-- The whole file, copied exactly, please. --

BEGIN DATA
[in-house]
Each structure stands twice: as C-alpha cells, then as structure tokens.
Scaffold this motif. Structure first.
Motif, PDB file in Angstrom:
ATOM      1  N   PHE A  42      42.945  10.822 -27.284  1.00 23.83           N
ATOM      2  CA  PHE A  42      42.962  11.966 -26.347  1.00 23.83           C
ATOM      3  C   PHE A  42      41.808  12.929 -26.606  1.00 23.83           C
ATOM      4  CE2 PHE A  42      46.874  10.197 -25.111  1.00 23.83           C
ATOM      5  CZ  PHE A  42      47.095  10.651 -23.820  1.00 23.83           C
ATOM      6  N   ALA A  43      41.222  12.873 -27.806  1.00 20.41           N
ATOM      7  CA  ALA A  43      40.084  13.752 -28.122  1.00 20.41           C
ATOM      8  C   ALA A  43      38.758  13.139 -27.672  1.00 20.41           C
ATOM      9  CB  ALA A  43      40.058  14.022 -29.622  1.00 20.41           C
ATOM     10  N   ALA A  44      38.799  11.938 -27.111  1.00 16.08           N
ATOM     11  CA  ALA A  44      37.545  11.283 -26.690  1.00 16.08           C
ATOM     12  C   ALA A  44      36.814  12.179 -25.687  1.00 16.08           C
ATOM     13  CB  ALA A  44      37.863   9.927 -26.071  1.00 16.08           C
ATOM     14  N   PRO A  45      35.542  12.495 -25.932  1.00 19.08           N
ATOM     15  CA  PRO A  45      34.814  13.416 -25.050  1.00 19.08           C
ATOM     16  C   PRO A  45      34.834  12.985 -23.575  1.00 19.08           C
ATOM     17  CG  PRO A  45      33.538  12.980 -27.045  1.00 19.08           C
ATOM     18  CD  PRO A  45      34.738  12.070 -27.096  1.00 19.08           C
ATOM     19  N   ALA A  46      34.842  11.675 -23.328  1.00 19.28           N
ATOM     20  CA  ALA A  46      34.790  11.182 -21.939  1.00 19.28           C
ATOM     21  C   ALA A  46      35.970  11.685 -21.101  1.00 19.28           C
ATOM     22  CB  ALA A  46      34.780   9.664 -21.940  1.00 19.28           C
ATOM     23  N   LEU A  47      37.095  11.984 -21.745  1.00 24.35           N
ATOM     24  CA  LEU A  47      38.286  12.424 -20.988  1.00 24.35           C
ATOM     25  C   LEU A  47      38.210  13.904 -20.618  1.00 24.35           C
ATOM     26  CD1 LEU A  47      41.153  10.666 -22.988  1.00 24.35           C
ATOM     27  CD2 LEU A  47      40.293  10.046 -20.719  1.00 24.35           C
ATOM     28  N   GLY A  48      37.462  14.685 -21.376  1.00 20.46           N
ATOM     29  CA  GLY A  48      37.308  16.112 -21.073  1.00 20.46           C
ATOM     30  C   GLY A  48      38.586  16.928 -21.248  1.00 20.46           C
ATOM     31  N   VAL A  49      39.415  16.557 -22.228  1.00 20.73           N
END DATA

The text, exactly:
[in-house]
Each structure stands twice: as C-alpha cells, then as structure tokens.
Scaffold this motif. Structure first.
Motif, PDB file in Angstrom:
ATOM      1  N   PHE A  42      42.945  10.822 -27.284  1.00 23.83           N
ATOM      2  CA  PHE A  42      42.962  11.966 -26.347  1.00 23.83           C
ATOM      3  C   PHE A  42      41.808  12.929 -26.606  1.00 23.83           C
ATOM      4  CE2 PHE A  42      46.874  10.197 -25.111  1.00 23.83           C
ATOM      5  CZ  PHE A  42      47.095  10.651 -23.820  1.00 23.83           C
ATOM      6  N   ALA A  43      41.222  12.873 -27.806  1.00 20.41           N
ATOM      7  CA  ALA A  43      40.084  13.752 -28.122  1.00 20.41           C
ATOM      8  C   ALA A  43      38.758  13.139 -27.672  1.00 20.41           C
ATOM      9  CB  ALA A  43      40.058  14.022 -29.622  1.00 20.41           C
ATOM     10  N   ALA A  44      38.799  11.938 -27.111  1.00 16.08           N
ATOM     11  CA  ALA A  44      37.545  11.283 -26.690  1.00 16.08           C
ATOM     12  C   ALA A  44      36.814  12.179 -25.687  1.00 16.08           C
ATOM     13  CB  ALA A  44      37.863   9.927 -26.071  1.00 16.08           C
ATOM     14  N   PRO A  45      35.542  12.495 -25.932  1.00 19.08           N
ATOM     15  CA  PRO A  45      34.814  13.416 -25.050  1.00 19.08           C
ATOM     16  C   PRO A  45      34.834  12.985 -23.575  1.00 19.08           C
ATOM     17  CG  PRO A  45      33.538  12.980 -27.045  1.00 19.08           C
ATOM     18  CD  PRO A  45      34.738  12.070 -27.096  1.00 19.08           C
ATOM     19  N   ALA A  46      34.842  11.675 -23.328  1.00 19.28           N
ATOM     20  CA  ALA A  46      34.790  11.182 -21.939  1.00 19.28           C
ATOM     21  C   ALA A  46      35.970  11.685 -21.101  1.00 19.28           C
ATOM     22  CB  ALA A  46      34.780   9.664 -21.940  1.00 19.28           C
ATOM     23  N   LEU A  47      37.095  11.984 -21.745  1.00 24.35           N
ATOM     24  CA  LEU A  47      38.286  12.424 -20.988  1.00 24.35           C
ATOM     25  C   LEU A  47      38.210  13.904 -20.618  1.00 24.35           C
ATOM     26  CD1 LEU A  47      41.153  10.666 -22.988  1.00 24.35           C
ATOM     27  CD2 LEU A  47      40.293  10.046 -20.719  1.00 24.35           C
ATOM     28  N   GLY A  48      37.462  14.685 -21.376  1.00 20.46           N
ATOM     29  CA  GLY A  48      37.308  16.112 -21.073  1.00 20.46           C
ATOM     30  C   GLY A  48      38.586  16.928 -21.248  1.00 20.46           C
ATOM     31  N   VAL A  49      39.415  16.557 -22.228  1.00 20.73           N